Saturday April 16 was the free community viewing of the long anticipated first Mexican-American museum in Los Angeles called La Plaza de Cultura y Artes, which is located next to Nuestra Señora la Reina de los Angeles church at Calle Olvera.
As a younger and inexperienced artist, one of my dream goals was to have my art displayed in a museum. I thought that would be the ultimate place where my ideas, voice and craftsmanship would be appreciated and cherished. I attended all the great museum exhibits–Van Gogh, Picasso, Tamayo, Siqueiros, Da Vinci, Kahlo, Warhol and so many more that I love— standing in front of their work (where they once stood), so hungry to see how they saw. Some of those artists were never even appreciated or successfully exhibited during their lifetimes.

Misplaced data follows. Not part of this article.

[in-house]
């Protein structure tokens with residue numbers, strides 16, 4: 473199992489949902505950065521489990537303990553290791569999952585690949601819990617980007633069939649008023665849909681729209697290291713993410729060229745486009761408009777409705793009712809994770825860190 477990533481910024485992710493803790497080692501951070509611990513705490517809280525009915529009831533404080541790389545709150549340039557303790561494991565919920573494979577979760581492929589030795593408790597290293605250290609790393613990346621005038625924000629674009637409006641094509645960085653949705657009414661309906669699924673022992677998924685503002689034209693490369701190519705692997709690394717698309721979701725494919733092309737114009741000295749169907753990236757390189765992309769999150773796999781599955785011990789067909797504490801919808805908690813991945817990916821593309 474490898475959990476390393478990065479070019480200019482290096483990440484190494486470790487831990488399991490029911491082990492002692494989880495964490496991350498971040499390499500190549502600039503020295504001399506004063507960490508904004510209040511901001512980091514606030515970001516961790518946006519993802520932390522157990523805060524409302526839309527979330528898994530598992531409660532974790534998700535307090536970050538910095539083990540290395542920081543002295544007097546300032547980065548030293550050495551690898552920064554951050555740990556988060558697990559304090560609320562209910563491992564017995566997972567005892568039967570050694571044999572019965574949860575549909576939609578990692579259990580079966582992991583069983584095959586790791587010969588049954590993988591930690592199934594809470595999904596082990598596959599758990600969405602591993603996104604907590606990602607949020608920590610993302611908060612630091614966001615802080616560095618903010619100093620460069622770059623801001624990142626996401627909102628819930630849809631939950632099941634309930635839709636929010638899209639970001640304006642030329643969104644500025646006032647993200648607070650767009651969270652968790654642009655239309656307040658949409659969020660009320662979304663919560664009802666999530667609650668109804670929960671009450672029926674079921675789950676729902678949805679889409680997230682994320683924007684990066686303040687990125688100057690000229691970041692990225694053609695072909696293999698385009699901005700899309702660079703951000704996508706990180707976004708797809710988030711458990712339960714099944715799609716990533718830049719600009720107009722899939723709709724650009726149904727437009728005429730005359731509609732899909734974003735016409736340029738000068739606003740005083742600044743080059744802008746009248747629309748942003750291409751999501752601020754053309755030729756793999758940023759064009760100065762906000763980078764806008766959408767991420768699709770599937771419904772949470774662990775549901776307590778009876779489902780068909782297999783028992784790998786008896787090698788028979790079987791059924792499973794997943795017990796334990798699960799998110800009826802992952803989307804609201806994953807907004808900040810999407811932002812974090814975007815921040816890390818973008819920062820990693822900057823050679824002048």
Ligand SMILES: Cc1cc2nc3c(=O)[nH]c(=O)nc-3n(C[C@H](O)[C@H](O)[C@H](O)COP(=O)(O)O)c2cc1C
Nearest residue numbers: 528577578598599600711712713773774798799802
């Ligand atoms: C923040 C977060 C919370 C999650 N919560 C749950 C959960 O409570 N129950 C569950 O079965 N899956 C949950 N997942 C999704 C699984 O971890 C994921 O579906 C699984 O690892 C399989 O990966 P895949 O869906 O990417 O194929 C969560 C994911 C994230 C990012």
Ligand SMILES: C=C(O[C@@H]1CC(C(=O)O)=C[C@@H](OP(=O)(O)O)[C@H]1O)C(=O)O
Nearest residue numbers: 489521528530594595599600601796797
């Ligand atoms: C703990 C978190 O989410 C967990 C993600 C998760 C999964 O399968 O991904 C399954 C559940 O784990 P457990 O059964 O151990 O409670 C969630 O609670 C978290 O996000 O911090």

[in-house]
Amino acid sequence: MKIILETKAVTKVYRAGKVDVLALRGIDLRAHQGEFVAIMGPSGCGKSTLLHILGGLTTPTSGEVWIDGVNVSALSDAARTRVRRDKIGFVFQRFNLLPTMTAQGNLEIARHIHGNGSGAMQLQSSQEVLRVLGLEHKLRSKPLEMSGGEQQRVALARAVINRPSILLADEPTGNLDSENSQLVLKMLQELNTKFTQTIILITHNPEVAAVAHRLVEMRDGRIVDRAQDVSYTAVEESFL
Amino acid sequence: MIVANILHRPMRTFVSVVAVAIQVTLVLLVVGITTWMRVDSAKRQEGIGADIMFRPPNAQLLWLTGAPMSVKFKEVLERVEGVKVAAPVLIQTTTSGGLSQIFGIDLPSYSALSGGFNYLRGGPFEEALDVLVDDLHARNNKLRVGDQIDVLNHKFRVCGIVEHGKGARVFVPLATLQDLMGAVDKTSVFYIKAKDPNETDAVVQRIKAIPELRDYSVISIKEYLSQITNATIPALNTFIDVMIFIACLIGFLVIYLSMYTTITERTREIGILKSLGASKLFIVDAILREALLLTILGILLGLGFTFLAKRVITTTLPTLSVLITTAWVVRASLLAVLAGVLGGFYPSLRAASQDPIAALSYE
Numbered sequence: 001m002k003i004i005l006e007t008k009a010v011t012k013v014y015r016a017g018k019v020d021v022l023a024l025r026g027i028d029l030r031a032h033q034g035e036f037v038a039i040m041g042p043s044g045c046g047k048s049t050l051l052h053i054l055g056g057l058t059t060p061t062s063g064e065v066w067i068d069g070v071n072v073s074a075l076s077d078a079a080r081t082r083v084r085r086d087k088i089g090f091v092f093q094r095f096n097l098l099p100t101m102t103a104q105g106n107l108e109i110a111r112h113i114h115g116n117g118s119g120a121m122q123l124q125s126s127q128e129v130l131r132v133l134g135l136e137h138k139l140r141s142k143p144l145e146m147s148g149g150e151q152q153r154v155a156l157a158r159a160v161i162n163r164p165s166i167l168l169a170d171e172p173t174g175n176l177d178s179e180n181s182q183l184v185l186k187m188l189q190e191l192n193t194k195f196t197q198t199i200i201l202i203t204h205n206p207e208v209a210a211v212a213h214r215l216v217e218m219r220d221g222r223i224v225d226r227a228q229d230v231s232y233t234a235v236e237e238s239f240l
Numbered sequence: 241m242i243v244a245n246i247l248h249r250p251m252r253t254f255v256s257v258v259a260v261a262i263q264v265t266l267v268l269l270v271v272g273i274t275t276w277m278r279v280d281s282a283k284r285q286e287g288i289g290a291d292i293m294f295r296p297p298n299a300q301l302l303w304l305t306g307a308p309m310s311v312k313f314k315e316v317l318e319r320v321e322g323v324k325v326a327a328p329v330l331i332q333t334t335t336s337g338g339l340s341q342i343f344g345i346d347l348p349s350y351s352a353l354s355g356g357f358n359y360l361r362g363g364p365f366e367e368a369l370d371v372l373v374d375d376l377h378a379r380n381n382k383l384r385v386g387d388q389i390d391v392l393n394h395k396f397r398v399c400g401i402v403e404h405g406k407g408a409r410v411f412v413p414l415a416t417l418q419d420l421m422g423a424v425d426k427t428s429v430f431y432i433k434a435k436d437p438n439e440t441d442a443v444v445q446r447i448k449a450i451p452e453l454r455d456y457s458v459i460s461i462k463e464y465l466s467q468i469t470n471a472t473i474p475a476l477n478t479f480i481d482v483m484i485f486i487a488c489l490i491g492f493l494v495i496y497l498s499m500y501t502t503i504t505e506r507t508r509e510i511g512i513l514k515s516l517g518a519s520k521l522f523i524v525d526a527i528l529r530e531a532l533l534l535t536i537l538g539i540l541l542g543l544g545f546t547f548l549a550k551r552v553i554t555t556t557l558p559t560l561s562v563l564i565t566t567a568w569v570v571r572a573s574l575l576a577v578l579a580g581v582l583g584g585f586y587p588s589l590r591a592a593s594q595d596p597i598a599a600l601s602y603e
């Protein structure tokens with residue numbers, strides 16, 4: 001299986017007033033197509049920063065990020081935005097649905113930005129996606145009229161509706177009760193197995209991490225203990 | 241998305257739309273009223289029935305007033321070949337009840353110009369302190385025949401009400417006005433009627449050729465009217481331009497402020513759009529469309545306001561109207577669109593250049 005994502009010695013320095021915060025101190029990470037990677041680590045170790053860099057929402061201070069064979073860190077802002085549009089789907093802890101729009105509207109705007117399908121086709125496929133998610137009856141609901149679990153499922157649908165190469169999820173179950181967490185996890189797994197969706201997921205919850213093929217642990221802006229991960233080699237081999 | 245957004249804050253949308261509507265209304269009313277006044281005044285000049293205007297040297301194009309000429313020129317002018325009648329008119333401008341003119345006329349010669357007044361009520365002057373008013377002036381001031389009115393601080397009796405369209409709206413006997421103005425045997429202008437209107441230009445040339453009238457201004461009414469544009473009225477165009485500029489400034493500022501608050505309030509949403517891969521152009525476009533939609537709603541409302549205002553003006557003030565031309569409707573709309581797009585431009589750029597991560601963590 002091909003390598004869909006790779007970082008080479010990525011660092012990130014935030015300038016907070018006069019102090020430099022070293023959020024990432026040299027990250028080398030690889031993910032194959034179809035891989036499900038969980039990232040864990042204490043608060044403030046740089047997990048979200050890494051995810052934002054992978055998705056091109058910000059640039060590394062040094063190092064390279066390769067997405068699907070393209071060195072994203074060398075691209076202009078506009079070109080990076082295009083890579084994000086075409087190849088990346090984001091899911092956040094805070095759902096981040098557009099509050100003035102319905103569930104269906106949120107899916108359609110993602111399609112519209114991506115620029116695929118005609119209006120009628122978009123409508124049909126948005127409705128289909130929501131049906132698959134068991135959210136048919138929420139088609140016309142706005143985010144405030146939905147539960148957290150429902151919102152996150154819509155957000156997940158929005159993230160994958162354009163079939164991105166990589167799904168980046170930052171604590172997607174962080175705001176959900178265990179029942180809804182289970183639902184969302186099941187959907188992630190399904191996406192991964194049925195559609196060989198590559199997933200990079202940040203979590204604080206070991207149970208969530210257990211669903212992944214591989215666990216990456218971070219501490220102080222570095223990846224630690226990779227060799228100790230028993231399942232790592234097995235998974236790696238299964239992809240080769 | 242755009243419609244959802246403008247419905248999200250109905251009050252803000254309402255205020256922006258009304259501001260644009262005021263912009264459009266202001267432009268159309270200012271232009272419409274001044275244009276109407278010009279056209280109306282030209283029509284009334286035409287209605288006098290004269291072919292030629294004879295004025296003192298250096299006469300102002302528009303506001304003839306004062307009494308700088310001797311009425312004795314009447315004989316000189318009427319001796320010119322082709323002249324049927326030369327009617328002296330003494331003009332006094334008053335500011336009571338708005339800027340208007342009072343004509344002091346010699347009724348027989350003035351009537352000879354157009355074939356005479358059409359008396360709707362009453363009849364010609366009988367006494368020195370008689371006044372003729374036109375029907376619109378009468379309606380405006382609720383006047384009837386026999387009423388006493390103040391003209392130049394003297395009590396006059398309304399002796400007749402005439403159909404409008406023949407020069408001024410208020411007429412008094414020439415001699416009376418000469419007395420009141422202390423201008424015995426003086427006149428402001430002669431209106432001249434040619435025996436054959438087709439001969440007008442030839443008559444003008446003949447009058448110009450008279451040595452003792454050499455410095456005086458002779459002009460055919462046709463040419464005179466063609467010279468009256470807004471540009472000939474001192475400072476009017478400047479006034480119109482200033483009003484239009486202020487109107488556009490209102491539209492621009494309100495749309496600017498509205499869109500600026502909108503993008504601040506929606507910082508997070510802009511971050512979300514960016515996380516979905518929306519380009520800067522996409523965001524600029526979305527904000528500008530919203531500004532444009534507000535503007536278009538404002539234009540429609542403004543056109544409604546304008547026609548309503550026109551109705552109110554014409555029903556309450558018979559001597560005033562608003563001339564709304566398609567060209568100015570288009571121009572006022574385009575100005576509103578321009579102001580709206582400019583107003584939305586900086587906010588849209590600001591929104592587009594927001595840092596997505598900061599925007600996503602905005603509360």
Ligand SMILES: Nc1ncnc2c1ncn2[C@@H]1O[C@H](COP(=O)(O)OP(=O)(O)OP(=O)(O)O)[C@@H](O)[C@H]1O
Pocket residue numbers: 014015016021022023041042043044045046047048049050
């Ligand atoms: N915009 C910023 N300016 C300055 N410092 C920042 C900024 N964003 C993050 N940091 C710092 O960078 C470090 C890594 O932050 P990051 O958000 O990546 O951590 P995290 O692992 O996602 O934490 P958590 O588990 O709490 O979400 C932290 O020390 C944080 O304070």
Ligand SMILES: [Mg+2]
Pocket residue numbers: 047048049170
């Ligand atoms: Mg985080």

Afterward, when a museum bought my work for a permanent display, instead of feeling accomplished—I felt like an oddity, a curio. I know it’s the nature of me, as an artist—I’m never satisfied, always looking for the next thing. As a producer/curator, a job that was imposed on me due to the lack of opportunities for my art genre, I enter every exhibit with a critical eye.
In truth, museums began as cabinets of curiosities and collectibles that turned into rooms filled with stuff, which people were willing to pay admission to see. All these museums started as personal taste collections that were cherished by those who had the resources to give them importance. I am not sure this system has even changed.